Travel Scenery as How-To Garden Instructions

When you travel, or are just out and about, pay attention to other people’s stuff.  Sounds kind of nosy doesn’t it?  Not so.  If it’s out in plain view, then you should be looking at it.  By looking at what other people are doing, you gain precious information about what you are doing right, or wrong.  Maybe you gain an idea about how to create something similar for your own home.  Or maybe you find a new way to use something that otherwise would be tossed out.  This is especially true for a garden.  Knowledge gained for free is free prepping.

Shutter box planter box for annual vegetable garden.For example, while traveling this week, we noticed this unique garden box.  Clearly it was not a flower garden.  We had to know more about it, but since we didn’t live in the community we didn’t’ know how well received we would be if we knocked on the door.  As luck would have it, the owner of the flower box just happened to stop by our host’s home to borrow a screw driver.

AHA!  The perfect opportunity to ask about the garden box.  As it turned out, Rachael was in the process of moving and had taken the rest of her garden to her new home.  She couldn’t take the box.

Rachael and Jerry used old window shutters that were going to be discarded to form the sides of the box.  They filled it with 100 fifty pound bags of compost dirt they got from the county landfill.  The first year they planted flowers, and every year after that they planted vegetable seeds staged for various harvest times.

Rachael was careful to plant according to space and time to harvest so that some plants would be harvesting while others were still growing.  This is important because they live in zone 6a as defined by the USDA plant hardiness map.  She harvested fast growing vegetables like peas, green  beans, and radishes while the slow growing vegetables like acorn squash, eggplant, and cucumbers were taking their time.  She did all of this in the same planting box at the same time.  As each vegetable was ready to harvest, they enjoyed them fresh and canned or froze the remaining produce.

Because they enjoyed the produce so much, Rachael and Jerry took their gardening another step further.  They decided You can grow almost anything in a bucket container garden using five gallon buckets and old wooden barrels.  In those containers they have several varieties of tomatoes, peppers, yellow corn and multi-color corn,  green and yellow watermelon varieties.

In the end, their garden is successful and has brought them happiness to see their labor return their favorite foods to eat for several years and will for many years to come.  To see more images of Rachael and Jerry’s garden go to the gallery.

Food Production Planning – Not Your Grandmother’s Garden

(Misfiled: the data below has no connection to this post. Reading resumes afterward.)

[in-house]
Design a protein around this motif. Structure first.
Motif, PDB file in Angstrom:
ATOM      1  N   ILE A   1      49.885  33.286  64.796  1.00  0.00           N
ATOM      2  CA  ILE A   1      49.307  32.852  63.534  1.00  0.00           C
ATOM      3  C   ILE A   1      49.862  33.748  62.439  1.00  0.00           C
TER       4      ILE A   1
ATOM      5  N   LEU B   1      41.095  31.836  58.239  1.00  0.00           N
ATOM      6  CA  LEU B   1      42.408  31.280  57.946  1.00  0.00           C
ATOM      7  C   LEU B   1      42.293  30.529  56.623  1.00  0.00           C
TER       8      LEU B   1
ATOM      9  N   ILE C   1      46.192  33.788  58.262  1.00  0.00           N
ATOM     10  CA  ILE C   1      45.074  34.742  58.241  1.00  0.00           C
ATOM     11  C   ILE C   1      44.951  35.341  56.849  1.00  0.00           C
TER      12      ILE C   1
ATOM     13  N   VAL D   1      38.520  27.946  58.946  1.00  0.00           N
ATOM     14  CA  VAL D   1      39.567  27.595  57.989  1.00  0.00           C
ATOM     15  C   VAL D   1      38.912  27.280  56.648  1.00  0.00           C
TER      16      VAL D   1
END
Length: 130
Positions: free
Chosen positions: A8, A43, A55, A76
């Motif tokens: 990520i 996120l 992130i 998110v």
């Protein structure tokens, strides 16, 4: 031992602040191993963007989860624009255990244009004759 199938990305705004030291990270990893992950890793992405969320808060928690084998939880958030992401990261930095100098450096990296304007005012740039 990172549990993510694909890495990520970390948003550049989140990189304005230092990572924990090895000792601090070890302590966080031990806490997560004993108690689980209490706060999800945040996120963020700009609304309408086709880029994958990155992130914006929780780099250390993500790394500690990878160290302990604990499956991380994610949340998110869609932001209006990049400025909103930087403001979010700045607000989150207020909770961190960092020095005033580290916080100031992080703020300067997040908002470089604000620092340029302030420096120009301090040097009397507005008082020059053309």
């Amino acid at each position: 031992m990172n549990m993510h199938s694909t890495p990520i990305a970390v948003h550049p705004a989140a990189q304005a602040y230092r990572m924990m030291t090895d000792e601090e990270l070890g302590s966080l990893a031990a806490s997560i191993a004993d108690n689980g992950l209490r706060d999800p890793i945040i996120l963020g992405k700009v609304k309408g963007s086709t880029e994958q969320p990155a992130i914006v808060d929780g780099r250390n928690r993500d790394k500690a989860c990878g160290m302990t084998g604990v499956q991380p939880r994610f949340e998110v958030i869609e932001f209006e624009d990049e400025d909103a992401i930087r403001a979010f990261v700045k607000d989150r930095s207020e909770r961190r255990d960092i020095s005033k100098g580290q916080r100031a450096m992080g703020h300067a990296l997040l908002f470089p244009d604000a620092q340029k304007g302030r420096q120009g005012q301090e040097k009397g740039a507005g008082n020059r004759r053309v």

A bountiful garden can provide produce to last all winter.If you are like most of us, you have a day job.  For some people that makes gardening and livestock chores just a little more like work than fun.  After all, the number of days you have are limited and other demands such as family and friends consume your time, too.  Never mind about the unplanned or unexpected events that soak up that last free minute.

For these reasons, and even if you don’t have a job outside the home or farm, the most successful people plan their meat and produce production.  While the process is simple it’s also complicated.  Canning a year’s supply of tomatoes while you hear the noisy chickens in the backyard that need processed could add a little more stress than you need.

The most important things you need for planning your food supply are a good memory, a pencil with a good eraser and a calendar with large spaces for writing.

Keep your calendars from year to year, making notes on the results and what you do differently each year.  Did you run out of your favorite veggies last year? Was the bean yield worth the cost of production?  Did you end up giving away more produce than you wanted?  Could you have sold them instead of giving them all away?  How about chickens?  Did you have more or less than you wanted?  Could you have given to charity or needy people instead of employed people?

Once you have written down how much of each produce you will need, calculate the anticipated yield for each product and plant accordingly.  If you live in a climate that doesn’t allow you to stagger your planting, you might need to do it the old fashioned way and share your bounty with trusted friends who are willing to can for you in their kitchens.

While harvesting, keep track of how much you harvest daily.  When you grocery shop, check and record the grocery store price of the produce or meat. If the produce is not available locally, look up online ads for big chain grocery stores to help price those things.  It might seem like a chore, but do it anyway.